For Immediate Release:
Contact: William Whisler, Member Communications Director
717-724-9425 | firstname.lastname@example.org
CAMP HILL – Pennsylvania Farm Bureau is pleased that the 2022-23 state budget will institute a program for conservation funding on farms, with $220 million in funding to create the Agriculture Conservation Assistance Program (ACAP) to the clean streams fund, aimed at reducing nutrient and sediment runoff, which comes as a huge victory for farmers as PFB’s biggest legislative ask of the year.
While information regarding how the funds will be administered to county conservation districts is not yet available, a burden will be lifted off a lot of farmers that can now implement their best land management practices on their properties to keep the environmental impacts to a minimum.
As a whole, conservation districts will receive an increase of $6.8 million, with $5 million coming from the Department of Environmental Protection and the other $1.8 million coming through the Department of Agriculture.
The 2022-23 state budget also notably includes $32 million to help combat avian influenza, with $25 million of the funding coming in the form of indemnity payments to the impacted farmers. An additional $6 million is available to increase laboratory surveillance activities while another $1 million was allocated for additional staffing for the Department of Agriculture.
An increase of funds to the Animal Health and Diagnostic Commission was also a part of the 2022-23 budget, which is a win for Pennsylvania farmers. When the original budget proposal was rolled out the program was essentially going to be cut, but the final iteration of the budget saw the commission reinstituted with an increase in funding.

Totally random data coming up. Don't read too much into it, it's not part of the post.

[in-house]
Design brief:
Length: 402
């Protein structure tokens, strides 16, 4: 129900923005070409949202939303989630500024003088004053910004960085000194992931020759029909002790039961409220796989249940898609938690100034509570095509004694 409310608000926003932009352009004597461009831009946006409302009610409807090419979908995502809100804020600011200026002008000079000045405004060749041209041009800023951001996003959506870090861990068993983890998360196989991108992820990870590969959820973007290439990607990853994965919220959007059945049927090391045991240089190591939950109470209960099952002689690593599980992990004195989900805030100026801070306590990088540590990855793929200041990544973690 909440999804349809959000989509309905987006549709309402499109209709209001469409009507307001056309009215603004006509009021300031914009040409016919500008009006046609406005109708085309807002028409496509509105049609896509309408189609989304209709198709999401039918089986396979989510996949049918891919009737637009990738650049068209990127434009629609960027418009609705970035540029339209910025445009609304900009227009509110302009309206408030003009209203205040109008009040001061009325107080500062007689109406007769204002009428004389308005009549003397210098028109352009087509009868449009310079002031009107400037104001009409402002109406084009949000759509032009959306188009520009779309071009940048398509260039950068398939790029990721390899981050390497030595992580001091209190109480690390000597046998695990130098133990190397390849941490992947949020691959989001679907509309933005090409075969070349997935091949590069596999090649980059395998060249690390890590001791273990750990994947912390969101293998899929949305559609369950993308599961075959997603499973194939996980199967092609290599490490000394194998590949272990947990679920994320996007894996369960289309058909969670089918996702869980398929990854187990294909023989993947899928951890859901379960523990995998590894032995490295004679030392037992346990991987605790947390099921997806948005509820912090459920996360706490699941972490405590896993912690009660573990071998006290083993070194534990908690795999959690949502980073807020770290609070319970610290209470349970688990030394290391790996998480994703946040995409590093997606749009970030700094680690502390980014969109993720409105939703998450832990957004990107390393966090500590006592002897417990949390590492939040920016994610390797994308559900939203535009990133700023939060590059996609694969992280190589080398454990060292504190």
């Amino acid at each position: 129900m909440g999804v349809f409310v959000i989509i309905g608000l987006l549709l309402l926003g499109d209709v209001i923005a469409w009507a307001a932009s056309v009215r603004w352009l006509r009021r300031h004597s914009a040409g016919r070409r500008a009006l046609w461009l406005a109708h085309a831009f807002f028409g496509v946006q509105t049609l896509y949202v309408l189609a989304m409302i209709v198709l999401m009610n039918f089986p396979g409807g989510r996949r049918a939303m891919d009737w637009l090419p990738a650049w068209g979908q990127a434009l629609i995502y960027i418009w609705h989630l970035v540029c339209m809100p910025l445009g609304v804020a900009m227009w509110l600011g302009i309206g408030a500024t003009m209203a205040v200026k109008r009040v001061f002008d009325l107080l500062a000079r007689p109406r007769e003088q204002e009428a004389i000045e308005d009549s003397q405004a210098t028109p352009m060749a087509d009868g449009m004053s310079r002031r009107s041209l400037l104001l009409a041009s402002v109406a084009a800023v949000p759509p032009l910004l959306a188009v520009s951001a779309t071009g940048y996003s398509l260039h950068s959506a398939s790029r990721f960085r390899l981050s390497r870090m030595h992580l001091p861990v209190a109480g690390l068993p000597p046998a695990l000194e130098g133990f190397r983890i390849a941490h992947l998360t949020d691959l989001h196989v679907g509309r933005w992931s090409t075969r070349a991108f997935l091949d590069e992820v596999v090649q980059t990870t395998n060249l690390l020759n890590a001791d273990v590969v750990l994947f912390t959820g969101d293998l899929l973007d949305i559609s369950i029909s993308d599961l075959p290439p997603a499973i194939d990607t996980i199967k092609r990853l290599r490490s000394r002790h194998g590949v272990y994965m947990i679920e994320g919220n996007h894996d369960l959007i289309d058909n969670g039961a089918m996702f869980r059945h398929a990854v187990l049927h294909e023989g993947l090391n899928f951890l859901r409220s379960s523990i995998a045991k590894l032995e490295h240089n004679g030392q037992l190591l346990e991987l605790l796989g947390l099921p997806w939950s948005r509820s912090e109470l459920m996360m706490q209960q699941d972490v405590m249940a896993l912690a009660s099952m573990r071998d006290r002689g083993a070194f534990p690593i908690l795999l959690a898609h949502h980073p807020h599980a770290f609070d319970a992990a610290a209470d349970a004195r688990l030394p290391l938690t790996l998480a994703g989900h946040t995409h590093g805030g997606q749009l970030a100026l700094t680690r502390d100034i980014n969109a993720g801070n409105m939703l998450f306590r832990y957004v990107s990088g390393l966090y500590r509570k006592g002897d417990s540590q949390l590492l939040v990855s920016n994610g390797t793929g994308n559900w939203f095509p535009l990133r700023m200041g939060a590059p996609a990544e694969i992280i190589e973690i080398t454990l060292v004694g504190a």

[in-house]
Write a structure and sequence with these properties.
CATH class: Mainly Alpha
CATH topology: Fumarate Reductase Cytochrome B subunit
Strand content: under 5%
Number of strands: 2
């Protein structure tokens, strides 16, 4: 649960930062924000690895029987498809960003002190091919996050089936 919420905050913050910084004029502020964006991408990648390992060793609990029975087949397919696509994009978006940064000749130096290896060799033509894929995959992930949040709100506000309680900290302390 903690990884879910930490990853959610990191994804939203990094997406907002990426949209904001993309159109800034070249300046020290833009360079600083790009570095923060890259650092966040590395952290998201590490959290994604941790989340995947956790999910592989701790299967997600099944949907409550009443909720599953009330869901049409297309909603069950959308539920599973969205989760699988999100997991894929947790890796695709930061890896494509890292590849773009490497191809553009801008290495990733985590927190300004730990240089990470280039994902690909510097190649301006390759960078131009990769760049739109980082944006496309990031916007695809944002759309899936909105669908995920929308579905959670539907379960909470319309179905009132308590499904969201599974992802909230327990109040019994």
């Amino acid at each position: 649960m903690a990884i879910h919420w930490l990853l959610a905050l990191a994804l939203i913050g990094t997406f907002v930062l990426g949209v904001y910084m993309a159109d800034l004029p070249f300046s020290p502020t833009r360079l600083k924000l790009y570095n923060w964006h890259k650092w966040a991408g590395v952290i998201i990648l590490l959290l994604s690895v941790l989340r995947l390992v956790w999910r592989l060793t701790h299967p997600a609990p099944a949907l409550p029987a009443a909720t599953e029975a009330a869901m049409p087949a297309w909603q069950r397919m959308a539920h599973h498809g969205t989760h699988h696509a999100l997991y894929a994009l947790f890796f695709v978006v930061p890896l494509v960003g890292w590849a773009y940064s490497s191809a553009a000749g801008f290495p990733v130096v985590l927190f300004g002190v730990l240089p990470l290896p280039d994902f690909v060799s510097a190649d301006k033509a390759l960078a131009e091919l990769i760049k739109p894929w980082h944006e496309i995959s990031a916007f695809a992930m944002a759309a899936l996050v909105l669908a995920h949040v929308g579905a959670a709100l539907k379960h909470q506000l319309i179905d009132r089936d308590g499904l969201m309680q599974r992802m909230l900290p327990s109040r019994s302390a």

Agricultural research and extension were given an increase of five percent, which is just shy of $3 million worth of funding for the 2022-23 year.
The budget also reinstates a $5 million general fund appropriation for the Farm Show, reducing the reliance on Race Horse Development Fund dollars. The budget increases funding for the State Food Purchase Program by $2 million as well, to provide emergency food assistance and purchase surplus agricultural products.
Overall, the Department of Agriculture will see just shy of a 30 percent increase this year in funding.
Pennsylvania Farm Bureau President Rick Ebert shared the following thoughts on the 2022-23 state budget:
“I’m really happy with the passage of the state budget this year with agriculture being the number one industry. We had our priorities of the extension service and the diagnostics lab supported. It really shows legislative support for the ag industry.
In addition, the added funding for conservation will help us reach our 2025 water quality goals for the Chesapeake Bay. We have a lot more funding resources to go back to the conservation districts to work toward that goal so farmers can implement practices to reach those goals.”
Pennsylvania Farm Bureau is the state’s largest farm organization, representing farms of every size and commodity across Pennsylvania.